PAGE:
Wonder drug that stops breast cancer returning after treatment could save lives

Here’s some great news – a drug has been developed that cuts the likelihood of ­hereditary breast cancer caused by BRCA1 and BRCA2 genes coming back after treatment.

The results show how the drug reduces the risk of recurrence, second cancers and death by 42%.

The findings were so persuasive and clear that the trial was stopped early after two-and-a-half years instead of the planned 10 years.

They showed 85.9% of patients treated with Olaparib remained free of invasive breast cancer and second cancers, compared to 77.1% on a placebo.

Olaparib, which exploits a genetic weakness in cancer cells, could become a new treatment option to help women with inherited forms of high-risk early breast cancer – and lead to more patients being saved.

The trial was led by Professor Andrew Tutt, professor of oncology at King’s College London.

He said: “Our global academic and industry partnership has been able to help identify a possible new treatment for women with early stage breast cancer who have mutations in their BRCA1 or BRCA2 genes.

“Olaparib has the potential to be used as a follow-on to all the standard initial breast cancer treatments to reduce the rate of ­life-threatening recurrence and cancer spread for many patients identified through genetic testing to have ­mutations in these genes”.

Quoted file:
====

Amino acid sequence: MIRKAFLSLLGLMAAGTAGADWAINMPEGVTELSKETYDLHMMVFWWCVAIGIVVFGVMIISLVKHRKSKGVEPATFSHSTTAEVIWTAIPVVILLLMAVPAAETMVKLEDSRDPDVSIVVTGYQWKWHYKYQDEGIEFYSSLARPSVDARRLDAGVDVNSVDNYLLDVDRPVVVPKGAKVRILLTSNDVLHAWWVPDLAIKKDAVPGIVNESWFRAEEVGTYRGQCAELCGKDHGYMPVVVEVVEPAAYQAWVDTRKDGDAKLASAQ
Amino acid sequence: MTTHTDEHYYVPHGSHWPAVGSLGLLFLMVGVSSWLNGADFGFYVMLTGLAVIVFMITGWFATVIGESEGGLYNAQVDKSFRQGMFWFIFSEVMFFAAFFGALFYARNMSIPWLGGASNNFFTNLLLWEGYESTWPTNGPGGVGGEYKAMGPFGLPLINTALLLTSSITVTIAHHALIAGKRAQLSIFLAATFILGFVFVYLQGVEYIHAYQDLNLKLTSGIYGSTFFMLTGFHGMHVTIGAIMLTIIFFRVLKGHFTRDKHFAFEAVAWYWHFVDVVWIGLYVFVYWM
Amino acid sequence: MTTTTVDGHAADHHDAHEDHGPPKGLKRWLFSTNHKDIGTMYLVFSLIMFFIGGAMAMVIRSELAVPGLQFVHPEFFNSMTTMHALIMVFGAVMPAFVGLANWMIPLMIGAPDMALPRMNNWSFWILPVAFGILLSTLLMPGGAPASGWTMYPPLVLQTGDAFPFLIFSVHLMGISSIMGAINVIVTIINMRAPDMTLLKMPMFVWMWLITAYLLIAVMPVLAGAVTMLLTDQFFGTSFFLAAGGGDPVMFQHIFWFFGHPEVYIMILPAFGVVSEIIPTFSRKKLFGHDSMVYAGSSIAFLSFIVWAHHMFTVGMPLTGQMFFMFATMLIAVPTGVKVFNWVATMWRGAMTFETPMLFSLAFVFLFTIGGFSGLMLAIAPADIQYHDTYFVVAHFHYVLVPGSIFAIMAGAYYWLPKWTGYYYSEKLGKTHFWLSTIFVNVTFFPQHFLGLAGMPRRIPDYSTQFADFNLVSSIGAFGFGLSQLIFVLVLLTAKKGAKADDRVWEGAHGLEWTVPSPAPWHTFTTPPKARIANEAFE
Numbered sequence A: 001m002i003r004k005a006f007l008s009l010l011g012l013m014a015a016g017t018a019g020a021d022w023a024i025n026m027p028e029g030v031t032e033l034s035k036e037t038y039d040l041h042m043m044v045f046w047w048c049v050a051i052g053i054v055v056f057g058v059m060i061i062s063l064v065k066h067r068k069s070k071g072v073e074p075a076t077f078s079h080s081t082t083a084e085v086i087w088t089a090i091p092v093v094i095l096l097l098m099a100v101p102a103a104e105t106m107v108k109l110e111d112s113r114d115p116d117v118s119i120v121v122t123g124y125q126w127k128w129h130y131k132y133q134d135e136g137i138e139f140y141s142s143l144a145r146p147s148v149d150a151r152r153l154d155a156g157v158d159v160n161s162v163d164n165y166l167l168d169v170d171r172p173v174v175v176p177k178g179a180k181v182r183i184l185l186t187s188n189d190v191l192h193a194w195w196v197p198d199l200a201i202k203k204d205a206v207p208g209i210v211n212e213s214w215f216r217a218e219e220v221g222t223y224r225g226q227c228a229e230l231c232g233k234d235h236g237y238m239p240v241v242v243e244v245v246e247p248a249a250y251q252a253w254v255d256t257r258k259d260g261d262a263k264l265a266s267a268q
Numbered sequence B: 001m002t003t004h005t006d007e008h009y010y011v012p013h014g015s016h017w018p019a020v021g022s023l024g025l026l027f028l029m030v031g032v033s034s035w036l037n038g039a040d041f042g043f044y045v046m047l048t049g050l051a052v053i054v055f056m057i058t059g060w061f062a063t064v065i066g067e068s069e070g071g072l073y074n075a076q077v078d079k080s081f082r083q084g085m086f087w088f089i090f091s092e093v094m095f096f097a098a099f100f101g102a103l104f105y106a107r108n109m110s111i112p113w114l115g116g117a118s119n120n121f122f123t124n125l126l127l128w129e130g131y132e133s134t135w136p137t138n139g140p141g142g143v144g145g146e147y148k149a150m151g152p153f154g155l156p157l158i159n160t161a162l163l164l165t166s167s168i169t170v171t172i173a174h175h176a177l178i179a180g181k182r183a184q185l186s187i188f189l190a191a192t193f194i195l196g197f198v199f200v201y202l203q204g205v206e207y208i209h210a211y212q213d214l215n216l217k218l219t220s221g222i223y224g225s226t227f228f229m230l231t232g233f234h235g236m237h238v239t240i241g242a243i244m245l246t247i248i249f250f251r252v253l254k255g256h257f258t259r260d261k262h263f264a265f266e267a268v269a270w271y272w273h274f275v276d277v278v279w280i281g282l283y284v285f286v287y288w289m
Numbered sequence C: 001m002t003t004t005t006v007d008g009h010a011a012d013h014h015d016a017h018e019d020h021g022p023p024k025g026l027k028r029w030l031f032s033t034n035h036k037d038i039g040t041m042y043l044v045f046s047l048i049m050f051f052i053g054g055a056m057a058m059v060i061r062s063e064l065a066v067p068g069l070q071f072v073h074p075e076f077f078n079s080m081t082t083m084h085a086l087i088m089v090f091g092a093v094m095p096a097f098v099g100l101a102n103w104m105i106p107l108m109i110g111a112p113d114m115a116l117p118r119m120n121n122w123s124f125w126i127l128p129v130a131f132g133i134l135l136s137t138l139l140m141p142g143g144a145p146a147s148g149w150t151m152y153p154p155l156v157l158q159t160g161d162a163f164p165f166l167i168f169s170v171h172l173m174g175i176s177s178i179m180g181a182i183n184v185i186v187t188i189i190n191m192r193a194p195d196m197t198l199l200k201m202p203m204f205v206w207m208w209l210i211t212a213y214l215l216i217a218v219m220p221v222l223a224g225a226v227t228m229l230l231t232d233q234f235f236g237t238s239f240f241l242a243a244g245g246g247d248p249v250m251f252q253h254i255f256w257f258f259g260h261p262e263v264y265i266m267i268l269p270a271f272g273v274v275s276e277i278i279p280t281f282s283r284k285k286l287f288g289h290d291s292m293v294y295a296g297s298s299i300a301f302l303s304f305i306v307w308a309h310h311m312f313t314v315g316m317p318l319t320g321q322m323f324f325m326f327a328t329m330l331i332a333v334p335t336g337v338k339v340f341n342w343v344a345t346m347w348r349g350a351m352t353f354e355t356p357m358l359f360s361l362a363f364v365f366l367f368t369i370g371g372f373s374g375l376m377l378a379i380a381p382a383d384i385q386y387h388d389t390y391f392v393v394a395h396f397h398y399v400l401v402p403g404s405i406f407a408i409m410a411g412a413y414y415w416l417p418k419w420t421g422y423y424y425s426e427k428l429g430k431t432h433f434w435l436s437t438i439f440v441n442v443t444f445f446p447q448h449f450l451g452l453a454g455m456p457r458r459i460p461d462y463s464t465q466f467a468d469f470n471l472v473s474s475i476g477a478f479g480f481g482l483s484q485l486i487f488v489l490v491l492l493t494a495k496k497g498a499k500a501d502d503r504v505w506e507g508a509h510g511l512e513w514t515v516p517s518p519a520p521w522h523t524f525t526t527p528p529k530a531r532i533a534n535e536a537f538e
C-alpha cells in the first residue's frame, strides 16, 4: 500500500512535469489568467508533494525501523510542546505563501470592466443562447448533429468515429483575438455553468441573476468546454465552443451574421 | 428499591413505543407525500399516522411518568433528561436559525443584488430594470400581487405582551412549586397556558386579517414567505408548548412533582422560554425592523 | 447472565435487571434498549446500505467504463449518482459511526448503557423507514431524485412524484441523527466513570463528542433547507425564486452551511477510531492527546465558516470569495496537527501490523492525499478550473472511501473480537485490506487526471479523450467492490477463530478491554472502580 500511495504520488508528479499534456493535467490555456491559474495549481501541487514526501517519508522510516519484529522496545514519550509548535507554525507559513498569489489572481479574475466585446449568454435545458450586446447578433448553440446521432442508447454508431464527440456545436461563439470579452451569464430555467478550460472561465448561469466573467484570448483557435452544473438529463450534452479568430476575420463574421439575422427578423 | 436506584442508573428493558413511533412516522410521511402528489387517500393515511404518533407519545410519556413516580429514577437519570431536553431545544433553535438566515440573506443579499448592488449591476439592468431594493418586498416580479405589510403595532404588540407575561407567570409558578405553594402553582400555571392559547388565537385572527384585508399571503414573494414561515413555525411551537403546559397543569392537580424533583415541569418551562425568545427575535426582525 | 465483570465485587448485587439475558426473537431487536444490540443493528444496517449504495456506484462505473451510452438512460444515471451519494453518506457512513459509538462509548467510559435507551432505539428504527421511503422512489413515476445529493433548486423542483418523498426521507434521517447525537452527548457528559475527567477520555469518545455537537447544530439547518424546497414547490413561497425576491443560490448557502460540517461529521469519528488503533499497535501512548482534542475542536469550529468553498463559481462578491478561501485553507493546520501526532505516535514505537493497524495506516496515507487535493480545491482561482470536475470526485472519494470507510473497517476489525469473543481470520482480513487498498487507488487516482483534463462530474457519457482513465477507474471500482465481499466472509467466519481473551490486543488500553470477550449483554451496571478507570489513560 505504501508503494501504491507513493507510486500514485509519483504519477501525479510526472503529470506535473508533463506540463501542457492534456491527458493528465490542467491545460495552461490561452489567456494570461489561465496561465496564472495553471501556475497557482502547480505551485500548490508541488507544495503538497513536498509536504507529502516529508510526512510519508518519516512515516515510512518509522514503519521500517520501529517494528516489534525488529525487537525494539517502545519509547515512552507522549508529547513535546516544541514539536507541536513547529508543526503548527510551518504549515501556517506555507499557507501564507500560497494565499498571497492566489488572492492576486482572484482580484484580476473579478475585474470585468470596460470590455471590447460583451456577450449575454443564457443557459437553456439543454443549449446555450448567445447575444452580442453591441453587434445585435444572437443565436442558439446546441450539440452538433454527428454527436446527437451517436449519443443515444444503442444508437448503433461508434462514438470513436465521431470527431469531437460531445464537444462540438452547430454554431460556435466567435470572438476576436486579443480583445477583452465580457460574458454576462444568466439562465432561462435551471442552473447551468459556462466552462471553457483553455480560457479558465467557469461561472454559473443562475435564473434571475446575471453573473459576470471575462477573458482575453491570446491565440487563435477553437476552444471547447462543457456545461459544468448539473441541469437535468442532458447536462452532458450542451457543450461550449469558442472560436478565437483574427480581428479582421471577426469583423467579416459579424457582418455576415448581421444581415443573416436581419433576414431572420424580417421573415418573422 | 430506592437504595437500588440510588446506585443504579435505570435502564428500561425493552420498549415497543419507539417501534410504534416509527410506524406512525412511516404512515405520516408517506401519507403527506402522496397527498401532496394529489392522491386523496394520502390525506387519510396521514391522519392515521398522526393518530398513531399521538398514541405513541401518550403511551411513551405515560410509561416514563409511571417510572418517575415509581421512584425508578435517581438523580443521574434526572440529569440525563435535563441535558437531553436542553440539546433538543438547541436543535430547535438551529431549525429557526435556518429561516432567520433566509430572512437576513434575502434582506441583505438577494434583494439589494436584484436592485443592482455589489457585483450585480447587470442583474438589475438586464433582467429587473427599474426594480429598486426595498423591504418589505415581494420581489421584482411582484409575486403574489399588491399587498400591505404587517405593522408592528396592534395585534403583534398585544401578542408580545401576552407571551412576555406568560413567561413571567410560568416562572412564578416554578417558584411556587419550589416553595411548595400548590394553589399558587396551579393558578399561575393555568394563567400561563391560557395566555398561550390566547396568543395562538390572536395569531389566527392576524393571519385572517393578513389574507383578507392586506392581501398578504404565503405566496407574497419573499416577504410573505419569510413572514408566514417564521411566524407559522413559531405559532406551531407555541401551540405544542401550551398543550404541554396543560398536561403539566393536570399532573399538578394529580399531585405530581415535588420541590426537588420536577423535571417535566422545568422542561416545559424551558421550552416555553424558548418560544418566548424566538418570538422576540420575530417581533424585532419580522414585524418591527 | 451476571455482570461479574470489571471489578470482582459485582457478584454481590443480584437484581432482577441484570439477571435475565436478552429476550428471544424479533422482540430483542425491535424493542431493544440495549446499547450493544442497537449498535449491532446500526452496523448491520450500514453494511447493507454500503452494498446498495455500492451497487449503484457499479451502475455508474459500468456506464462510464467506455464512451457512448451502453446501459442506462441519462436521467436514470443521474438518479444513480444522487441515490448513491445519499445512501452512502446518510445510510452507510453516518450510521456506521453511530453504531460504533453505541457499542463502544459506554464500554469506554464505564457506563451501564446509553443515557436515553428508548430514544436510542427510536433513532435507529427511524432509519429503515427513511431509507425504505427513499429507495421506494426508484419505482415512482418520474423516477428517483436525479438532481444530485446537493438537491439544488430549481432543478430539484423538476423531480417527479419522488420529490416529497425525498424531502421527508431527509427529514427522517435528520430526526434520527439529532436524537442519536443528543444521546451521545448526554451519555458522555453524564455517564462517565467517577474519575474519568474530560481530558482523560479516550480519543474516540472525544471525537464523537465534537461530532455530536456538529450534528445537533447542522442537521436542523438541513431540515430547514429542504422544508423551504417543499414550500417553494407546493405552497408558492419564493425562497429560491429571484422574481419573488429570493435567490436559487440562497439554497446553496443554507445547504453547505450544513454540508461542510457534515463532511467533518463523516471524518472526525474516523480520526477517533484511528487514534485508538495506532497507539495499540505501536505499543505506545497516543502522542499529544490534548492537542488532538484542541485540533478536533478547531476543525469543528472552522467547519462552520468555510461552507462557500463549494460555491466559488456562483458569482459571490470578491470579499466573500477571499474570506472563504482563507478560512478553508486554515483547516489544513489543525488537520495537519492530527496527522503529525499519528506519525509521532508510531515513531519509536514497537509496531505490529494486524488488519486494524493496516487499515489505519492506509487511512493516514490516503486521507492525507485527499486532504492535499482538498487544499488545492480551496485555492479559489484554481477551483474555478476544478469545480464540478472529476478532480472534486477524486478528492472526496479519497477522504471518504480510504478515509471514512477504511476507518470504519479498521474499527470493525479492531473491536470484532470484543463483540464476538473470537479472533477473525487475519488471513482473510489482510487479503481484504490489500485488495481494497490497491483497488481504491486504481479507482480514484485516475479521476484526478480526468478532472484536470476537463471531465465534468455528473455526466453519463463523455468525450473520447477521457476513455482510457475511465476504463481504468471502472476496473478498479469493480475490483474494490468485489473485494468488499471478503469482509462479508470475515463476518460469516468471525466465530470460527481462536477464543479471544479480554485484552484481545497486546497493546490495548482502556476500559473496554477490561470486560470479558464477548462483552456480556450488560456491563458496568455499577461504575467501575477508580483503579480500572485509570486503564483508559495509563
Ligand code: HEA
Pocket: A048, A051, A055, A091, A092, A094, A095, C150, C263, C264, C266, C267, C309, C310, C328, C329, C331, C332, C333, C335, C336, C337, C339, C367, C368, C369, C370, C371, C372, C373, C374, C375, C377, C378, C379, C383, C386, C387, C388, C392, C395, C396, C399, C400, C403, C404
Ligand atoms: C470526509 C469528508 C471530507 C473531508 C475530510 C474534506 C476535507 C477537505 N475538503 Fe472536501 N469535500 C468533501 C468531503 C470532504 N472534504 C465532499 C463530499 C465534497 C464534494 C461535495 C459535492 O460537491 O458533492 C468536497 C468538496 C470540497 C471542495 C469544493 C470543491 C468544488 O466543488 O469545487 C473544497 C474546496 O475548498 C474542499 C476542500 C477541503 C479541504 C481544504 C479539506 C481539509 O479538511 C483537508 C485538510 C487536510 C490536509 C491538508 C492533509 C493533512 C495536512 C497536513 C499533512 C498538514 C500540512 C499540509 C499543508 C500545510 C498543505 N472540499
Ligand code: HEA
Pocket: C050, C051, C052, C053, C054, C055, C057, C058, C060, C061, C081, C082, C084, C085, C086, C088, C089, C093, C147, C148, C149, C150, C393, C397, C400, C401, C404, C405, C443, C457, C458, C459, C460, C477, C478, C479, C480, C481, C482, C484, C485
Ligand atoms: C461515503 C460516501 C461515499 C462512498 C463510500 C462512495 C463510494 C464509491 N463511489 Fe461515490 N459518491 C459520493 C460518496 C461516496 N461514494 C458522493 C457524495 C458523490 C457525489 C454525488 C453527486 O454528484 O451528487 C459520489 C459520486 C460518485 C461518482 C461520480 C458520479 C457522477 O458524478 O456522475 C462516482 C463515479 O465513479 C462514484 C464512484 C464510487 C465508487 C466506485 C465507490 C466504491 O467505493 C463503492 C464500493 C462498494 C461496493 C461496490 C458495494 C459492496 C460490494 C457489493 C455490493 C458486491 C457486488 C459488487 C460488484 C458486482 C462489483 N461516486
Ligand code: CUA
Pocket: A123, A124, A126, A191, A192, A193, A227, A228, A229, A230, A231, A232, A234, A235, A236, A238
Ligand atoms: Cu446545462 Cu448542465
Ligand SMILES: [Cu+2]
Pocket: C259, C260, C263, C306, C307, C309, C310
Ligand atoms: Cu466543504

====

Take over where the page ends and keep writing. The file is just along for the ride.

“Up to now there has been no ­treatment that specifically targets these mutations to reduce the risk of recurrence beyond the standard ­treatments available for early breast cancer,” Professor Tutt says.

“This study, ­coordinated by the Breast International Group, shows that giving Olaparib for a year after chemotherapy to patients with BRCA mutations boosts the chances they will remain free of ­invasive or metastatic cancer.

“These results reinforce how ­collaborative research deepens our understanding of treating familial cancers and shows the value of testing for these mutations in patients with early breast cancer.”

Olaparib works by stopping cancer cells from being able to repair their DNA by inhibiting a molecule called PARP – causing cancer cells to die.

It works particularly well for patients with faulty versions of the BRCA1 or BRCA2 genes, which are normally involved in another system for repairing DNA.

Cancer cells are killed off if they don’t have functioning DNA repair factors involving either PARP, or BRCA1 or BRCA2.